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Re: Wild feature: query de-duplication

 

Actually, I rather like this idea too.

I can imagine a version that's:

(1) smart enough to ignore SQL comments (some folks stick a comment at the
end of the query with a unique host Id or something for stats and/or
debugging)

(2) configurable so the site can decide they don't care about transaction
state and is willing to say that 2 queries are duplicates if the match a
very small set of features (user makes sense, but not sure about tx
isolation level and other "exotic stuff")

The reason I suggest a "related" approach to seeing that two queries are
equal is that I bet most folks doing high volumes of possibly duplicate
queries are not doing much fancy in the first place.  They're just hitting a
bank of slaves from their webbies and hoping to repopulate the failed
memcache tier without killing the DB boxes i n the process.

Or am I nuts?

Jeremy

On Fri, Jun 25, 2010 at 3:17 PM, Roland Bouman <roland.bouman@xxxxxxxxx>wrote:

> It's an interesting idea!
>
> I think it could be quite hard to detect whether the same query will
> in fact deliver the same result though - one would have to check to if
> the query is affected by the state of the session (values of
> session-scoped variables, functions returning session-dependent data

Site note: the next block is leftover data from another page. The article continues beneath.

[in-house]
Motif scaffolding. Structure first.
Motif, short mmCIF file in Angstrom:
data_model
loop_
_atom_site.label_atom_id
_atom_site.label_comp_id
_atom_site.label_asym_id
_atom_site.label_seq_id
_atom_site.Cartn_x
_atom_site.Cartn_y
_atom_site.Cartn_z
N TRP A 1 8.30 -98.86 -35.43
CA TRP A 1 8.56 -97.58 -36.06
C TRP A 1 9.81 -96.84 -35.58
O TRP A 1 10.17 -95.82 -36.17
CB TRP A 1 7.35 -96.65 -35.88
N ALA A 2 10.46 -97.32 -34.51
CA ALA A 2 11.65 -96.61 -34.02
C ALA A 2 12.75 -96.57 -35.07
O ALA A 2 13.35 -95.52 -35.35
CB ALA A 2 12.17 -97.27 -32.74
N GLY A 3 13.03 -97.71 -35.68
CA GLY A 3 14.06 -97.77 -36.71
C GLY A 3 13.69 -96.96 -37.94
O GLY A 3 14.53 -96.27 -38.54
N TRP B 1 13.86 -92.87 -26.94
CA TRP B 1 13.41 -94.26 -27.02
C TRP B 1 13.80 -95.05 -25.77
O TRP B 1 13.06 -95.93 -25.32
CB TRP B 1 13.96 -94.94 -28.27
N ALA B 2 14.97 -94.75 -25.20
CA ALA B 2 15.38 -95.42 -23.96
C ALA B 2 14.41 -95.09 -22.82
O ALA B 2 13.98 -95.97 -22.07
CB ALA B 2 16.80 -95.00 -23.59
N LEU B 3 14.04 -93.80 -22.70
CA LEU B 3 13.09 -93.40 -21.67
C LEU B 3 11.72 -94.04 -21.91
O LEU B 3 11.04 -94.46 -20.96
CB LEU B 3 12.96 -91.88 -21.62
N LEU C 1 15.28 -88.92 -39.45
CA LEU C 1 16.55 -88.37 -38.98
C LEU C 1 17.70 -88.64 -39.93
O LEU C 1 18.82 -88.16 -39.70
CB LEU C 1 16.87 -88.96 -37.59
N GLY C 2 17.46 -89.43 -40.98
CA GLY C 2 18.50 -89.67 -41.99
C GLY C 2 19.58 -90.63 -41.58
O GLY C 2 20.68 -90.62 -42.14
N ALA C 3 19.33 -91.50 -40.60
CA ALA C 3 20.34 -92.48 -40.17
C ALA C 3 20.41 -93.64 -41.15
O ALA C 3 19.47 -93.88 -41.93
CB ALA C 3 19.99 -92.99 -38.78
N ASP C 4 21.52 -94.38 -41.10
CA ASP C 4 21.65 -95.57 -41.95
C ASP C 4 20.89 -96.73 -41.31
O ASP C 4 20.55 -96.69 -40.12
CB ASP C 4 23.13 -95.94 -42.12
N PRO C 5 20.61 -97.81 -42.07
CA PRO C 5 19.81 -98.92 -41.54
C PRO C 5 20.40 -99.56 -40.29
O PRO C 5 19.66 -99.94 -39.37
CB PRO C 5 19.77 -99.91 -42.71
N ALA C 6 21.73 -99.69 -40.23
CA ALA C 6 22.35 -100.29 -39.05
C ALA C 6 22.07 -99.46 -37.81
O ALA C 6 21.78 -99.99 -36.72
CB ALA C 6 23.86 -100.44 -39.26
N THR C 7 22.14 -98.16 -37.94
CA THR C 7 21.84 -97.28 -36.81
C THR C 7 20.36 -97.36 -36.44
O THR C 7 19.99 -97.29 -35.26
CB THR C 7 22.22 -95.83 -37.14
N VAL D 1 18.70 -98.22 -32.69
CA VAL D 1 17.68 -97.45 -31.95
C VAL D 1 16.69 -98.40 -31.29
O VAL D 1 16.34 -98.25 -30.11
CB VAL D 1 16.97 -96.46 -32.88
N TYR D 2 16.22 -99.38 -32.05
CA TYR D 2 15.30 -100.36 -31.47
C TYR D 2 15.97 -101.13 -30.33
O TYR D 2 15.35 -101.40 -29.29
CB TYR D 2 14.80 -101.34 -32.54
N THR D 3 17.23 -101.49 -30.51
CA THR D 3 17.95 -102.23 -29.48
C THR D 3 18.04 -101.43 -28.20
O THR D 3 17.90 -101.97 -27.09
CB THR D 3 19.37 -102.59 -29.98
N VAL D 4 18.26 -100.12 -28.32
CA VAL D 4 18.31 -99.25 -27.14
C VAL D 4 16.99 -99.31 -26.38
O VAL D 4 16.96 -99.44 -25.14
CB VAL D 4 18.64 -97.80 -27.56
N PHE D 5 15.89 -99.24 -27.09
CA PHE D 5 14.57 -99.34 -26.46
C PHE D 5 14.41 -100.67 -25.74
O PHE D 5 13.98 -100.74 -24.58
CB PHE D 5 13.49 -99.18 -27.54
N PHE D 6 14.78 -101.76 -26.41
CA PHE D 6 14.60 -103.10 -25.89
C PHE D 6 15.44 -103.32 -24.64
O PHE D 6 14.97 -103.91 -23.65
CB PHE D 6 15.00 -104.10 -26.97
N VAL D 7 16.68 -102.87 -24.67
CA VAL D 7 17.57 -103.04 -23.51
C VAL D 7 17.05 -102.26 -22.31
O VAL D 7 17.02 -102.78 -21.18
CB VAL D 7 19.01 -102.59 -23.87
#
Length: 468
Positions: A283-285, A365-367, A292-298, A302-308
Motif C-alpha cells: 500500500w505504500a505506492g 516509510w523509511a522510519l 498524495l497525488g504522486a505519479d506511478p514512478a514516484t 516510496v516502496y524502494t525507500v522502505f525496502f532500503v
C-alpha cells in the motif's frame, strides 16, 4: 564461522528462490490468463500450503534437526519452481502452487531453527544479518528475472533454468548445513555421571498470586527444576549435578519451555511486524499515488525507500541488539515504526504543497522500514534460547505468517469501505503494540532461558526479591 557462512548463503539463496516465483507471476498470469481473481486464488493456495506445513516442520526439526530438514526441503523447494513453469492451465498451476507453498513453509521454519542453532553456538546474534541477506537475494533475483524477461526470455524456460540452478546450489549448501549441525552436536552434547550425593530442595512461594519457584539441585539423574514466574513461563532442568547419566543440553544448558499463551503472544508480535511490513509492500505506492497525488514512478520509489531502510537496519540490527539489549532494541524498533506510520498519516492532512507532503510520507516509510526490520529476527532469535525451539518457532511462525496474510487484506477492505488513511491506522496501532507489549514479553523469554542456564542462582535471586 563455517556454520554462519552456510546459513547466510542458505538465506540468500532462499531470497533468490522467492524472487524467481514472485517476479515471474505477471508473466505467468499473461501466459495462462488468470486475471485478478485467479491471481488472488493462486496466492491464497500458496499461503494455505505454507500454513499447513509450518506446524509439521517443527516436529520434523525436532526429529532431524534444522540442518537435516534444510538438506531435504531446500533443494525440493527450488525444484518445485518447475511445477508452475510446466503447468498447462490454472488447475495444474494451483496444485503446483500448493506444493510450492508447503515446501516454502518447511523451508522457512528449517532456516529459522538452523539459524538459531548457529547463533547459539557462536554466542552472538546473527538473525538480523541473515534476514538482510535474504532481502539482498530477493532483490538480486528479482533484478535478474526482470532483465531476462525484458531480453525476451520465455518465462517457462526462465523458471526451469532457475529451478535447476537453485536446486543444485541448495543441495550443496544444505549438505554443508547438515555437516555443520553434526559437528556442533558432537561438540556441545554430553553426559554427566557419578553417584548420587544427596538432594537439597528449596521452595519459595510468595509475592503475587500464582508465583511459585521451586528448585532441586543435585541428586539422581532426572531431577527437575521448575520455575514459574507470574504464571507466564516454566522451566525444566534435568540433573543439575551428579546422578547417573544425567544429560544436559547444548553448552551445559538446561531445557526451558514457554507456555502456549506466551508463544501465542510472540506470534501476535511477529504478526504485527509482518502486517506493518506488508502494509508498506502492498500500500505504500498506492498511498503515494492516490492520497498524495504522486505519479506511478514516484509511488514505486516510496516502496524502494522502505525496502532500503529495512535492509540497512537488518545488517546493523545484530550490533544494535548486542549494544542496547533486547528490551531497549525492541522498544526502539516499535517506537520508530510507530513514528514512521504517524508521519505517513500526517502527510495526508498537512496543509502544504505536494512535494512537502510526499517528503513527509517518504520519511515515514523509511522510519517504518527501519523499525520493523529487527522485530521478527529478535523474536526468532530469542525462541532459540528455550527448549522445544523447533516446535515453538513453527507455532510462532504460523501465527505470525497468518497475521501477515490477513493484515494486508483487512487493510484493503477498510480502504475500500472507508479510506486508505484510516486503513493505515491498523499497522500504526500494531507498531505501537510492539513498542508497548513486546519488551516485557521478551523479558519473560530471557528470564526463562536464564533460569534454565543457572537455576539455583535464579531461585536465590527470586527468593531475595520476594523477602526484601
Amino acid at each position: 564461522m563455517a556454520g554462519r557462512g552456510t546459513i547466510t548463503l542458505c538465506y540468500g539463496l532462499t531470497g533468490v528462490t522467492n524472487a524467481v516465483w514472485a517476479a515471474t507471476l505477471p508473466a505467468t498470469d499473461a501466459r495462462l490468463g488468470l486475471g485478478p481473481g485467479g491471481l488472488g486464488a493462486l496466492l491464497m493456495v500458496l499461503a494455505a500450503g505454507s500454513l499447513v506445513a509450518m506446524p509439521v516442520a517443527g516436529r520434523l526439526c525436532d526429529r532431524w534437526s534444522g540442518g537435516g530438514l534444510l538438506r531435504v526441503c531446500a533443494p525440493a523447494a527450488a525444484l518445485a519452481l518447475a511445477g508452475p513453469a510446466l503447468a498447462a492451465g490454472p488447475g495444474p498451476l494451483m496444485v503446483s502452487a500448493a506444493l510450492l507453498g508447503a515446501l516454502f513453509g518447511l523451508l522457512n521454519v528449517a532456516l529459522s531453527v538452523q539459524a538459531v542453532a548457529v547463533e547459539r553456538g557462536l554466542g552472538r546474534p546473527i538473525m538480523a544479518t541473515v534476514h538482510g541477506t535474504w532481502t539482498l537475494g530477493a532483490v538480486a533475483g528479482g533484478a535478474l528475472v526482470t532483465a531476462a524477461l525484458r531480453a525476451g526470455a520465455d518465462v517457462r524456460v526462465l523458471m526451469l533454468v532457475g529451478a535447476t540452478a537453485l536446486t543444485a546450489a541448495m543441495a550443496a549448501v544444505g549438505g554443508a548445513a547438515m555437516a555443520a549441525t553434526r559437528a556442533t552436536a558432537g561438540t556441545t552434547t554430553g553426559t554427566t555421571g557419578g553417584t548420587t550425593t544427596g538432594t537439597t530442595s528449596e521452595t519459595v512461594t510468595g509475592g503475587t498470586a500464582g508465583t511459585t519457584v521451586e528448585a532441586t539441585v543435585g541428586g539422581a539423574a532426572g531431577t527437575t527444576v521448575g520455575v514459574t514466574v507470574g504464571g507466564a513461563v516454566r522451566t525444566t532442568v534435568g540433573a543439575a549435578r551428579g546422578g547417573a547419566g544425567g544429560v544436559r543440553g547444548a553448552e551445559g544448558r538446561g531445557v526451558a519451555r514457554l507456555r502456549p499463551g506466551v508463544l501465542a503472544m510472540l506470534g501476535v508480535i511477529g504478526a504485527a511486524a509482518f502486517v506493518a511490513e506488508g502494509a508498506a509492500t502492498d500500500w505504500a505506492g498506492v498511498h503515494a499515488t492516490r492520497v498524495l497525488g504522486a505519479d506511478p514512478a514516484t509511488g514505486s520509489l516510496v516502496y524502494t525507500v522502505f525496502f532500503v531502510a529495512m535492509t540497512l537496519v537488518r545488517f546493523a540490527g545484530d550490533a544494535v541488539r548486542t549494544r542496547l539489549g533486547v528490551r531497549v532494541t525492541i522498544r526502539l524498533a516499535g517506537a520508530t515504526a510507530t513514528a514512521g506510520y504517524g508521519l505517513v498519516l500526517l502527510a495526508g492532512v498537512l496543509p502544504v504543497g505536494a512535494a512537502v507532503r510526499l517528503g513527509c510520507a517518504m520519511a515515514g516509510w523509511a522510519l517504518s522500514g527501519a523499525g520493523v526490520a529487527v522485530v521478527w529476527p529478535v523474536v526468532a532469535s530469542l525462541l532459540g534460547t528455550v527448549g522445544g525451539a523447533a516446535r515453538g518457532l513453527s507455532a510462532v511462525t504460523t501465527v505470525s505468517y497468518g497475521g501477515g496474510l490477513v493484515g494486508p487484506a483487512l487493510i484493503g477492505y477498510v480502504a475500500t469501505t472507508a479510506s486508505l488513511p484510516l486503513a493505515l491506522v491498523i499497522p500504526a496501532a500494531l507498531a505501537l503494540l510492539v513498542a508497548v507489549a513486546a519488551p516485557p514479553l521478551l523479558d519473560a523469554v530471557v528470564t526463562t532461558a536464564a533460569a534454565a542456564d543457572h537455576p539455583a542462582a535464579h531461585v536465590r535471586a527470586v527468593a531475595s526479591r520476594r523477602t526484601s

> like current_user(), isolation level of an explicit transaction,
> probably a lot more things).
>
> (of course - i am not a drizzle dev or engineer - I may be
> overestimating the complexity)
>
>
> On Fri, Jun 25, 2010 at 3:05 PM, Brian Moon <brian@xxxxxxxxxxxx> wrote:
> > So, one common use for Gearman seems to be running SQL queries through it
> so
> > that a given query only ever is running once at a given time. This solves
> > one big issue I have seen with a cache stampede. The application servers
> all
> > run the same queries at the same time. Pushing this logic down to the
> > database server seems like a good idea from where I sit. The server could
> > recognize that there are N connections all running the same query and not
> > try and do all the work needed to send back the result.
> >
> > What do you guys think? Does this make sense at the database layer? Is
> the
> > drizzle plugin architecture able to support this type of behavior?
> >
> > --
> >
> > Brian.
> > --------
> > http://brian.moonspot.net/
> >
> > _______________________________________________
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> >
>
>
>
> --
> Roland Bouman
> blog: http://rpbouman.blogspot.com/
> twitter: @rolandbouman
>
> Author of "Pentaho Solutions: Business Intelligence and Data
> Warehousing with Pentaho and MySQL",
> http://tinyurl.com/lvxa88 (Wiley, ISBN: 978-0-470-48432-6)
>
> Author of "Pentaho Kettle Solutions: Building Open Source ETL
> Solutions with Pentaho Data Integration",
> http://tinyurl.com/33r7a8m (Wiley, ISBN: 978-0-470-63517-9)
>
> _______________________________________________
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